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Food Safety

September is National Food Safety month. According to the federal government it is estimated that approximately 1 in 6 Americans is affected by a foodborne illness each year. These food borne illnesses result in an estimated 128,000 hospitalizations and 3,000 deaths. Did you know that most food borne illnesses produce the same symptoms as a 24-hour flu (nausea, vomiting, diarrhea, fever, etc.)? Can you think of the last time you experienced these symptoms? Typically an illness will present itself within 1-3 days after eating the food, but it can present itself in as little as 20 minutes to 6 weeks later! Some individuals are more susceptible to food borne illnesses than others such as pregnant women, older adults, young children and people with weakened immune systems such as individuals with cancer, HIV/AIDS, and transplant patients.

Fight Bacteria

By following proper food safety procedures, you can help lower the chance of getting you or your family sick. There are four important steps to fight bacteria, these include clean, separate, cook and chill. Sounds simple right? Well when we get into a hurry sometimes these four steps are not properly practiced and our chances of obtaining a food borne illness increase.


The first step in fighting bacteria is to clean. We want to make sure that we are cleaning both our hands and surfaces often. We should be washing our hands with warm water and soap for 20 seconds. Cleaning is different from sanitizing, but they are both important processes. Before a surface or utensil can be sanitized it needs to be cleaned of any debris. A safe sanitizing solution that can be used on food contact surfaces is 1 tablespoon of bleach per gallon of water. Our foam brushes and kitchen clothes should be cleaned often to prevent bacteria growth. It is extremely important to rinse fresh produce with running water, and possibly a produce brush for rough skinned foods. Don’t forget to wash the outside of your melons and onions, even though you don’t eat the outside. As you slice from the outside-in you are spreading any germs present from the outside to the edible parts inside.


Always separate raw meats from ready-to-eat foods. For example, at the grocery store you would want to separate your raw meat from your fresh lettuce as your lettuce will not typically be cooked before eating. You can also separate raw foods from ready-to-eat foods in the fridge, this helps prevent cross contamination. Cutting boards can harbor bacteria when they have deep grooves or cuts in them; if yours does, either sand down and refinish wood cutting boards or replace plastic ones to prevent bacteria from growing. When chopping raw and fresh produce, make sure to clean and sanitize the cutting board and knife between uses. When cooking make sure to use a clean plate with cooked food, rather than placing the cooked food on the same plate that held the raw meat. Also remember to use a separate basting marinade than what was used for marinating the raw food during the cooking process.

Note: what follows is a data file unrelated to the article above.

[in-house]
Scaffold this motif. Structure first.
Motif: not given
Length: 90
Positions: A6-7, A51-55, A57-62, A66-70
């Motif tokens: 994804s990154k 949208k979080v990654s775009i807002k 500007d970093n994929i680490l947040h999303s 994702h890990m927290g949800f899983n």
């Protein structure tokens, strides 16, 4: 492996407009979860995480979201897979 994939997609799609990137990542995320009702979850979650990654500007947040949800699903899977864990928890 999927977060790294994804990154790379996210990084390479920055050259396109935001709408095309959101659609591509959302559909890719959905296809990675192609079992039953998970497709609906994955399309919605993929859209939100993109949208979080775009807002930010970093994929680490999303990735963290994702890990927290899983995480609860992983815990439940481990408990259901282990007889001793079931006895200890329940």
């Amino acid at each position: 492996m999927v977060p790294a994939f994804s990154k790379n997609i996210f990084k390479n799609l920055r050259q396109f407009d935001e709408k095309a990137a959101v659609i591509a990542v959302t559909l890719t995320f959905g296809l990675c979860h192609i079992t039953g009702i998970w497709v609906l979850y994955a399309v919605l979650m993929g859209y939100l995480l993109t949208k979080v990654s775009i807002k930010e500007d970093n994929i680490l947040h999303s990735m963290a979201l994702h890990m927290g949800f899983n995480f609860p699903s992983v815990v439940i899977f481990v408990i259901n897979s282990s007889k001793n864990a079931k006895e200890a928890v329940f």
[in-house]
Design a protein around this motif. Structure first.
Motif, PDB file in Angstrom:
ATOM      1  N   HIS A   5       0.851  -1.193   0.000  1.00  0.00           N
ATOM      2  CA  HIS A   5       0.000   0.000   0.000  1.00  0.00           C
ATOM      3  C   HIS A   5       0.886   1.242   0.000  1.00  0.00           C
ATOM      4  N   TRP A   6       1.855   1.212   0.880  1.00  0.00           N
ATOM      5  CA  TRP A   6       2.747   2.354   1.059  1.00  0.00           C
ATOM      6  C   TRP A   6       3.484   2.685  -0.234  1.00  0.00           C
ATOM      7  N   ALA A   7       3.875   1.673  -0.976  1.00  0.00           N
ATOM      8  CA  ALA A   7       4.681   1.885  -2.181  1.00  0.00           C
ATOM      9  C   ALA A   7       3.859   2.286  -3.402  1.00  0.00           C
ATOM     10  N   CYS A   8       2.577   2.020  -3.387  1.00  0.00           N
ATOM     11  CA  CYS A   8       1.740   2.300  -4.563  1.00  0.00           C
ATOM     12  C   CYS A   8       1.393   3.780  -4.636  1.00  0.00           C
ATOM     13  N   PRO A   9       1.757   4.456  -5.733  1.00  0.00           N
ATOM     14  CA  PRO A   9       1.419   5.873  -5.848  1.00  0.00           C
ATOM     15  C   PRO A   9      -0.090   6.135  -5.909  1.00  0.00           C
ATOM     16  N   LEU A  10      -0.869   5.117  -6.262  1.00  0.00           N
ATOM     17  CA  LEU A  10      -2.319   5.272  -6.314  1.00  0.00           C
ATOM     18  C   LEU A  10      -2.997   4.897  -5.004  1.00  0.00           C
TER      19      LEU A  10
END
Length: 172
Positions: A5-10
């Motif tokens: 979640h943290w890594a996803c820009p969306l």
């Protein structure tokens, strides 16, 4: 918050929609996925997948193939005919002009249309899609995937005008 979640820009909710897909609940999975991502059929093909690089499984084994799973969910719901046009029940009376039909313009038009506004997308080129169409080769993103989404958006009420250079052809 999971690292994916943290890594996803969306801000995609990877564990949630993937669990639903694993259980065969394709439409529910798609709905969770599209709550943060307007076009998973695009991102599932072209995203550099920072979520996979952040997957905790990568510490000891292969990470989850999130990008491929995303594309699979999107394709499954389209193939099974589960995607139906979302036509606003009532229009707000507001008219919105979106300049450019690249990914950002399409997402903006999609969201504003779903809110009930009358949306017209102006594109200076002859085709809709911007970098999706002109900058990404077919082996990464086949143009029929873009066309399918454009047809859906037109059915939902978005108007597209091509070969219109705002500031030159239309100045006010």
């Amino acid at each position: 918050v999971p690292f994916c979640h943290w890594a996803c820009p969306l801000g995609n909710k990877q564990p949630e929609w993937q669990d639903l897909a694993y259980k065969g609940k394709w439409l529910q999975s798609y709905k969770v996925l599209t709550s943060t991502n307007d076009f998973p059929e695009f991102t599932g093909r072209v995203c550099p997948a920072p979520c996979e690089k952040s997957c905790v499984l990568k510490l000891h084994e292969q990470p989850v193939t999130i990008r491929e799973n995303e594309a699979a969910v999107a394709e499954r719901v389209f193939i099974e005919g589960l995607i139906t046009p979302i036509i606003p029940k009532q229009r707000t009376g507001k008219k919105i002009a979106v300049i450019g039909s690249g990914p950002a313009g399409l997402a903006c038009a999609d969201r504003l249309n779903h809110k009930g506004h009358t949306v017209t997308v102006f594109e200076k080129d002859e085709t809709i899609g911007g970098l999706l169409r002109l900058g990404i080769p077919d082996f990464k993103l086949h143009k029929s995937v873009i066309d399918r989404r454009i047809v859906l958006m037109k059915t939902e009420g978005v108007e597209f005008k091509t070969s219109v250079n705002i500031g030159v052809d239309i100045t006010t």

Cooking foods to safe temperatures cannot only prevent under-cooking, but also overcooking! When you buy a quality piece of meat, you don’t want to ruin the food by overcooking do you? Color is an unreliable indicator of safety. Using a food thermometer is the recommended way to determine doneness. If you’re not sure what the proper internal cooking temperature of food items are, please visit the United States Department of Agriculture website online. When reheating food in the microwave or on the stove top, make sure to stir the food throughout the process to ensure that the food is properly reheated throughout.


The last step in fighting bacteria is to cool foods promptly. In the right conditions bacteria can double every 20-30 minutes so they can add up fast. Perishable food items should be refrigerated or frozen within 2 hours of cooking or purchasing. If you have large amounts of leftovers or food, you can place the food in shallow containers for quicker cooling in the fridge or freezer. There are four ways to safely thaw food, and they include in the refrigerator, in cold water, in the microwave or in the cooking process. Thawing food on the counter is not a recommended method as the food is exposed to the temperature danger zone (40-140 F) for more than 2 hours, which promotes bacterial growth. So if possible, think ahead and pull foods out a few days early so they can thaw in the refrigerator safely. 

Written By: Shelley Balls, University of Wyoming Extension- Nutrition and Food Safety Educator


  • U.S. Food and Drug Administration, FDA
  • United States Department of Agriculture, USDA
  • Department of Health and Human Services, DHHS


Sanitizing Solution

Servings: 1 gallon
Author: Department of Health and Human Services


  • 1 gallon water
  • 1 tbsp bleach


  • Mix and use, or store in a dark cabinet and replace solution once a week.
Ground meat in small bowl, fresh onion rings on top

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Extension Educator:
Vicki Hayman – (307) 746-3531

University of Wyoming Extension

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Issued in furtherance of extension work, acts of May 8 and June 30, 1914, in cooperation with the U.S. Department of Agriculture. Kelly Crane, Director, University of Wyoming Extension, College of Agriculture and Natural Resources, University of Wyoming Extension, University of Wyoming, Laramie, Wyoming 82071.

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